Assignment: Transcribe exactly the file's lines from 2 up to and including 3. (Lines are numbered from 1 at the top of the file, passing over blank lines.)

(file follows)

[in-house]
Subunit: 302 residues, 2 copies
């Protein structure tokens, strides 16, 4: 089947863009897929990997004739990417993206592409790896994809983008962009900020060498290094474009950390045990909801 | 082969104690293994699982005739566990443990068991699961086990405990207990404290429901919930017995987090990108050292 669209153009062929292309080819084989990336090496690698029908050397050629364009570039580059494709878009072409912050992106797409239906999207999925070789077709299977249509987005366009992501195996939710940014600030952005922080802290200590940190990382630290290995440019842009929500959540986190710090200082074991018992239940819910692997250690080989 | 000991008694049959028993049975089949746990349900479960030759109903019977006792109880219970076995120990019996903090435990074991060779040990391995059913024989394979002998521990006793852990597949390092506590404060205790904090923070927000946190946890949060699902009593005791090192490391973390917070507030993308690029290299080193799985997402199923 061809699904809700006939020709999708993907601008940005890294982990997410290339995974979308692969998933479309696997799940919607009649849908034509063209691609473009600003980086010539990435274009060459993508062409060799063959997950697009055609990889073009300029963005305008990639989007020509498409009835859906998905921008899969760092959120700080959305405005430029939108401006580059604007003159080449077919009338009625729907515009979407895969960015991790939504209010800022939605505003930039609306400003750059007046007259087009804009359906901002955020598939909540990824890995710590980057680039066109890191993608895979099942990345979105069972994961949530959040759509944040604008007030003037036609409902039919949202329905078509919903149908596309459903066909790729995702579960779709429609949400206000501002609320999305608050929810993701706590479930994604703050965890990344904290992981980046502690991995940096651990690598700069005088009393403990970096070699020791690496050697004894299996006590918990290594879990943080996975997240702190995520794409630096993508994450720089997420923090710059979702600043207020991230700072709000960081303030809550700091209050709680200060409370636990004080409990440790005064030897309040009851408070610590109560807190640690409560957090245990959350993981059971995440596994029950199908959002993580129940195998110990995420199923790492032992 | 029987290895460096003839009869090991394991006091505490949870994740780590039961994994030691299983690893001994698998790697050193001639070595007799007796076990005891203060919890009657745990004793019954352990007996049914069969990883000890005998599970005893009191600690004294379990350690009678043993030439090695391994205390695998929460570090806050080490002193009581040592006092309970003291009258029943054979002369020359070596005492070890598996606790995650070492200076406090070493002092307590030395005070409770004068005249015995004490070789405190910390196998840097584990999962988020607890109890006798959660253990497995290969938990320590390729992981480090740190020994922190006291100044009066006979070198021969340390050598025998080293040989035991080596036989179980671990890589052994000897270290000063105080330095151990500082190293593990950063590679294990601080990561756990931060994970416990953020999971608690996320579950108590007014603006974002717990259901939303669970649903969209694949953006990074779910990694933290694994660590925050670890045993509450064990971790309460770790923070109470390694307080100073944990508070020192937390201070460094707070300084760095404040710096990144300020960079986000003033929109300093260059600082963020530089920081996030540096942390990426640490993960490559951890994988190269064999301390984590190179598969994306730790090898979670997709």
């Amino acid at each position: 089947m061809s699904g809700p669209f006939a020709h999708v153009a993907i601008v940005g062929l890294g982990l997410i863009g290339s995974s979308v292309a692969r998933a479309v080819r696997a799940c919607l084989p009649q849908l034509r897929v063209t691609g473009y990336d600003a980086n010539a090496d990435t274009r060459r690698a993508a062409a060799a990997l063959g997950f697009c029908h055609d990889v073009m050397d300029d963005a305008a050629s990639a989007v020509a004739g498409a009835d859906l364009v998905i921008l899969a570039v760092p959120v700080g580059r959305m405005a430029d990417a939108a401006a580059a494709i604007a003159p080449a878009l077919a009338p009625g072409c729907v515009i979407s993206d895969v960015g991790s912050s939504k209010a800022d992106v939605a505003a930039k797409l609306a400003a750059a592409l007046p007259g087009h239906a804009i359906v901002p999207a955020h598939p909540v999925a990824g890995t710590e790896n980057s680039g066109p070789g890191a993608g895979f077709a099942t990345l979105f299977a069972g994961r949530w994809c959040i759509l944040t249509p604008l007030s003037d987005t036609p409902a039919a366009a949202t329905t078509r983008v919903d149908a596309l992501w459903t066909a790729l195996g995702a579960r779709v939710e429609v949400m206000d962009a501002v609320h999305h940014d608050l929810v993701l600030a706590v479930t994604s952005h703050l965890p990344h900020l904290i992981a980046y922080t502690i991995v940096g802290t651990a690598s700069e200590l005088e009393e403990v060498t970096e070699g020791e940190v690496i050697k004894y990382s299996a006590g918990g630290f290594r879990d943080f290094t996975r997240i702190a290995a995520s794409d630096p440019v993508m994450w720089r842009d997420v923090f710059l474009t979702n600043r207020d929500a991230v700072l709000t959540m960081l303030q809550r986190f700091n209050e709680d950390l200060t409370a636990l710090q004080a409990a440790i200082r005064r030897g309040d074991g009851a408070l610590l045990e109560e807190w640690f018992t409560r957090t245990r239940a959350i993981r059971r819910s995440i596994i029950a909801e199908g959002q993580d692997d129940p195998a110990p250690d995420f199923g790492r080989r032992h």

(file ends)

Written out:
Subunit: 302 residues, 2 copies
């Protein structure tokens, strides 16, 4: 089947863009897929990997004739990417993206592409790896994809983008962009900020060498290094474009950390045990909801 | 082969104690293994699982005739566990443990068991699961086990405990207990404290429901919930017995987090990108050292 669209153009062929292309080819084989990336090496690698029908050397050629364009570039580059494709878009072409912050992106797409239906999207999925070789077709299977249509987005366009992501195996939710940014600030952005922080802290200590940190990382630290290995440019842009929500959540986190710090200082074991018992239940819910692997250690080989 | 000991008694049959028993049975089949746990349900479960030759109903019977006792109880219970076995120990019996903090435990074991060779040990391995059913024989394979002998521990006793852990597949390092506590404060205790904090923070927000946190946890949060699902009593005791090192490391973390917070507030993308690029290299080193799985997402199923 061809699904809700006939020709999708993907601008940005890294982990997410290339995974979308692969998933479309696997799940919607009649849908034509063209691609473009600003980086010539990435274009060459993508062409060799063959997950697009055609990889073009300029963005305008990639989007020509498409009835859906998905921008899969760092959120700080959305405005430029939108401006580059604007003159080449077919009338009625729907515009979407895969960015991790939504209010800022939605505003930039609306400003750059007046007259087009804009359906901002955020598939909540990824890995710590980057680039066109890191993608895979099942990345979105069972994961949530959040759509944040604008007030003037036609409902039919949202329905078509919903149908596309459903066909790729995702579960779709429609949400206000501002609320999305608050929810993701706590479930994604703050965890990344904290992981980046502690991995940096651990690598700069005088009393403990970096070699020791690496050697004894299996006590918990290594879990943080996975997240702190995520794409630096993508994450720089997420923090710059979702600043207020991230700072709000960081303030809550700091209050709680200060409370636990004080409990440790005064030897309040009851408070610590109560807190640690409560957090245990959350993981059971995440596994029950199908959002993580129940195998110990995420199923790492032992 | 029987290895460096003839009869090991394991006091505490949870994740780590039961994994030691299983690893001994698998790697050193001639070595007799007796076990005891203060919890009657745990004793019954352990007996049914069969990883000890005998599970005893009191600690004294379990350690009678043993030439090695391994205390695998929460570090806050080490002193009581040592006092309970003291009258029943054979002369020359070596005492070890598996606790995650070492200076406090070493002092307590030395005070409770004068005249015995004490070789405190910390196998840097584990999962988020607890109890006798959660253990497995290969938990320590390729992981480090740190020994922190006291100044009066006979070198021969340390050598025998080293040989035991080596036989179980671990890589052994000897270290000063105080330095151990500082190293593990950063590679294990601080990561756990931060994970416990953020999971608690996320579950108590007014603006974002717990259901939303669970649903969209694949953006990074779910990694933290694994660590925050670890045993509450064990971790309460770790923070109470390694307080100073944990508070020192937390201070460094707070300084760095404040710096990144300020960079986000003033929109300093260059600082963020530089920081996030540096942390990426640490993960490559951890994988190269064999301390984590190179598969994306730790090898979670997709």